is a time of homecoming.
Rainy weather, warm fire, and a stack of enchanting new books beckon me to cozy into my favorite reading chair. The delicious aroma of Ted’s favorite comfort food (a simple turkey meatloaf) wafts from our oven, the cat is curled up on the couch next to me and I can barely remember such bliss.
Reflecting on 2009, on the shock of having a heart attack and surgery, on the amazing grace of such a rapid recovery that I got to trek through the ancient city of Ephesus in Turkey only three weeks later, I am filled with wonder and appreciation for what was a challenging year.
Ted and I have been home from that life-altering trip for two months now, and we haven’t yet turned on the TV. The sacred quality of Ephesus left us with such silence that we can’t bear to listen to the media’s view of life. We traded all that noise for the quiet pleasures of reading and following the threads of our passion wherever they lead. All striving has fallen away.
Through Kim Rosen’s exquisite, profound new book Saved by a Poem (Hay House, 2009) I rediscovered poetry, and, specifically, some lines that have always touched me , but that I now understand more deeply.
The poem Love After Love by Derek Wolcott, begins:
The time will come
When, with elation,
You will greet yourself arriving
At your own door, in your own mirror,
And each will smile at the other’s welcome,
And say, sit here, Eat.
I am basking in the joy of taking this time to come home to myself. In this new decade I will be drawn by what my heart wants, and not driven by any old ideas of who I am and any old shoulds.
I will learning by heart all the poems that truly speak to me as a meditative practice. Though I had pushed my passion for poetry to the back burner, it has become my priority. Discerning that my soul is longing to commit to something new in this new decade, I know I will be sharing my deep passion through developing poetry programs to take into schools.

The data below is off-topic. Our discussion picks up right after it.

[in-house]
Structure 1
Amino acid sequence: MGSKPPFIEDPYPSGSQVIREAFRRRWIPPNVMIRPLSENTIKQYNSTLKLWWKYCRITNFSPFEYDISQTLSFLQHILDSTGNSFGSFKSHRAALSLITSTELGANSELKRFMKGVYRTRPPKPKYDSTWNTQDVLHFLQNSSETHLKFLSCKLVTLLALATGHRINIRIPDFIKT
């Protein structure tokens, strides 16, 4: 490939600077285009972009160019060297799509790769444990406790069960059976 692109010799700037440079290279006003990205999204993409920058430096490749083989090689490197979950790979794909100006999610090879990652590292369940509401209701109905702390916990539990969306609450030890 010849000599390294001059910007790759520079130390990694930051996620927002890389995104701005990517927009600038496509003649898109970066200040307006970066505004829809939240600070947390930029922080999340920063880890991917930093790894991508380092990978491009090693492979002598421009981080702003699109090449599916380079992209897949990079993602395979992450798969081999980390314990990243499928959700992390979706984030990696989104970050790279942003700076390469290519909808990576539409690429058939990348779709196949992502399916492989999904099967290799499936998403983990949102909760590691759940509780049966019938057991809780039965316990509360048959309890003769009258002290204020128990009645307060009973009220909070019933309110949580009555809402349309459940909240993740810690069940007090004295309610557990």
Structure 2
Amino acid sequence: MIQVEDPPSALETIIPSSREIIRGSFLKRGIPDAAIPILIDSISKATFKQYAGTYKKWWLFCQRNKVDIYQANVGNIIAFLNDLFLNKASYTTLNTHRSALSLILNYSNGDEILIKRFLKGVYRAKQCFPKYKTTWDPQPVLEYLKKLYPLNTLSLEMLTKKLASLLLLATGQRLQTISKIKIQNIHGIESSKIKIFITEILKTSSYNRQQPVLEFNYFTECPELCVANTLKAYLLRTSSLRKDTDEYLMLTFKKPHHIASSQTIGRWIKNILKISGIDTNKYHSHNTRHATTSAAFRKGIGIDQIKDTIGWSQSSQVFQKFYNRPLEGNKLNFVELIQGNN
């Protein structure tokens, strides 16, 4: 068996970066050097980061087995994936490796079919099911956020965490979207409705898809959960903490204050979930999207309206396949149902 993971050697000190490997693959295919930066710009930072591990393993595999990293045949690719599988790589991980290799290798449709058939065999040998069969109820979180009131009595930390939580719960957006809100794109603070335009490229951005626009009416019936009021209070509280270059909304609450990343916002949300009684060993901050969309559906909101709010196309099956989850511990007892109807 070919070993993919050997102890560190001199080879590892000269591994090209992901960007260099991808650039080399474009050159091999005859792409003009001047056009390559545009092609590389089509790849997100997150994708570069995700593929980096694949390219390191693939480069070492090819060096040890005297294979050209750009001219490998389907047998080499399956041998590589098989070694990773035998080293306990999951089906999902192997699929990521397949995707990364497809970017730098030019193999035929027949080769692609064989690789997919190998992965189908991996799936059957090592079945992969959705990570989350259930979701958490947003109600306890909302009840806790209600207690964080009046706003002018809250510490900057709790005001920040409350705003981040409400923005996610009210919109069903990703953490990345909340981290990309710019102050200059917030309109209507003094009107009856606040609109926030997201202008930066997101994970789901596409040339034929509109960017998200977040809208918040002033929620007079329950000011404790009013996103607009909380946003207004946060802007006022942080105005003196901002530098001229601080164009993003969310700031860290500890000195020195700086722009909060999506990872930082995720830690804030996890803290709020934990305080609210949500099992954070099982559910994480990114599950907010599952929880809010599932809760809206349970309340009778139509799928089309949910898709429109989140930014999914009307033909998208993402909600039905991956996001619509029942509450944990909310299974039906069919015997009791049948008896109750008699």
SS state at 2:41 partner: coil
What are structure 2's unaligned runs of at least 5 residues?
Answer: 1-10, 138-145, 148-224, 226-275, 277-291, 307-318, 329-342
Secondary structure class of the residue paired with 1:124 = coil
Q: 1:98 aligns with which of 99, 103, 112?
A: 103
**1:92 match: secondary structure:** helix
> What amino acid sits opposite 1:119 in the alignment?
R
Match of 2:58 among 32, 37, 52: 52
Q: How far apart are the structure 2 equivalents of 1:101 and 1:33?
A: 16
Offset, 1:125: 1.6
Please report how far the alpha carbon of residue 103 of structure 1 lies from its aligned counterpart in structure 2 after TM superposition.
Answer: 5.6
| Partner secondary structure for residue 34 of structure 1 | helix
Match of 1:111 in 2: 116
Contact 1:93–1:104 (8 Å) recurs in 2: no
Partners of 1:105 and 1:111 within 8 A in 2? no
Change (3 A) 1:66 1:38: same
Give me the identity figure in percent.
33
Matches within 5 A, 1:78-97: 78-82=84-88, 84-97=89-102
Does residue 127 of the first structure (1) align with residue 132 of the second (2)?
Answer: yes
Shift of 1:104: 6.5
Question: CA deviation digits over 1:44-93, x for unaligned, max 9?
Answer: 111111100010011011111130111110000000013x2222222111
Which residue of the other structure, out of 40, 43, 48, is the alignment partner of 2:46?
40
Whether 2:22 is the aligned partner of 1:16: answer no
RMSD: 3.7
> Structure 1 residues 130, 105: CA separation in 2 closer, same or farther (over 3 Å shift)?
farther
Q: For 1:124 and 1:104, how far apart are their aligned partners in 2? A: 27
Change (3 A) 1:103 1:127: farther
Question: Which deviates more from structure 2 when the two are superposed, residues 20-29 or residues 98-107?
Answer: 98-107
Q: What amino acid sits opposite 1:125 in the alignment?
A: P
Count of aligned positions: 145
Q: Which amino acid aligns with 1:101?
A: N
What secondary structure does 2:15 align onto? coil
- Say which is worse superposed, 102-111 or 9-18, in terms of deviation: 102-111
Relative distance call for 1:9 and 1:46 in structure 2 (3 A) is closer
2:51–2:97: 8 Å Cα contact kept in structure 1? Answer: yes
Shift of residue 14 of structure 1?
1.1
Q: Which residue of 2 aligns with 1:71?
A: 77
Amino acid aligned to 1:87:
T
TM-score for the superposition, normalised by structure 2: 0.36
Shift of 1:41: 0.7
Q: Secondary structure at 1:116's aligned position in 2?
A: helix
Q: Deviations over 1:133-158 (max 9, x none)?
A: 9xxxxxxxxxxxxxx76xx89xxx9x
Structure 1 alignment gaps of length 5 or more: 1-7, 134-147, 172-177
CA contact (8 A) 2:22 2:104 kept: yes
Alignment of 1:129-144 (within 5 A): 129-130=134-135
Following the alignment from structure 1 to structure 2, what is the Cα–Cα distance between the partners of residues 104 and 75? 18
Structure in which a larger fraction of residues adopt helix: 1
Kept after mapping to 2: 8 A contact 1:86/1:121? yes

But for today, in this quiet time between future and past, join me in the sheer joy of communing with your own heart.
“Peel your image from the mirror.
Sit. Feast on your life.”
For at least 6 servings
This is my version of a recipe from The Barefoot Contessa Cookbook. So simple to make and fantastic to have on hand for meatloaf sandwiches afterwards.
1 medium large onion, minced
1 tablespoon olive oil
2 teaspoons kosher salt
½ teaspoon ground black pepper
½ teaspoon dried thyme leaves (or 2 teaspoons fresh, chopped)
½ teaspoon dried sage (or 2 teaspoons fresh, chopped)
3 tablespoons Worcestershire sauce
1/3 cup water
2 teaspoons tomato paste (from a tube)
2-1/2 pounds ground turkey
¾ cup matzo meal or plain dry breadcrumbs
2 large eggs, beaten
Tomato ketchup for topping and serving
Preheat the oven to 325 degrees.
In a skillet, sauté the onions, olive oil, salt, pepper, thyme and sage over medium heat until the onions are soft, but not browned. Add the Worcestershire sauce, water and tomato paste and mix well. Place in a large bowl and let cool for a few minutes.
Add the ground turkey, matzo meal and eggs to the onion mixture in the bowl and mix until very well combined. Form into a rectangular loaf on a baking sheet. Spread ketchup over the top.
Place in center of oven, with a pan of hot water on the rack below to prevent the loaf from cracking.
Bake for 1 hour, or until the internal temperature is 160 degrees. Serve hot with mashed potatoes and peas, or cold in a sandwich.
To prepare in advance: The cooked meatloaf, wrapped in foil, will last at least 4 or 5 days in the refrigerator.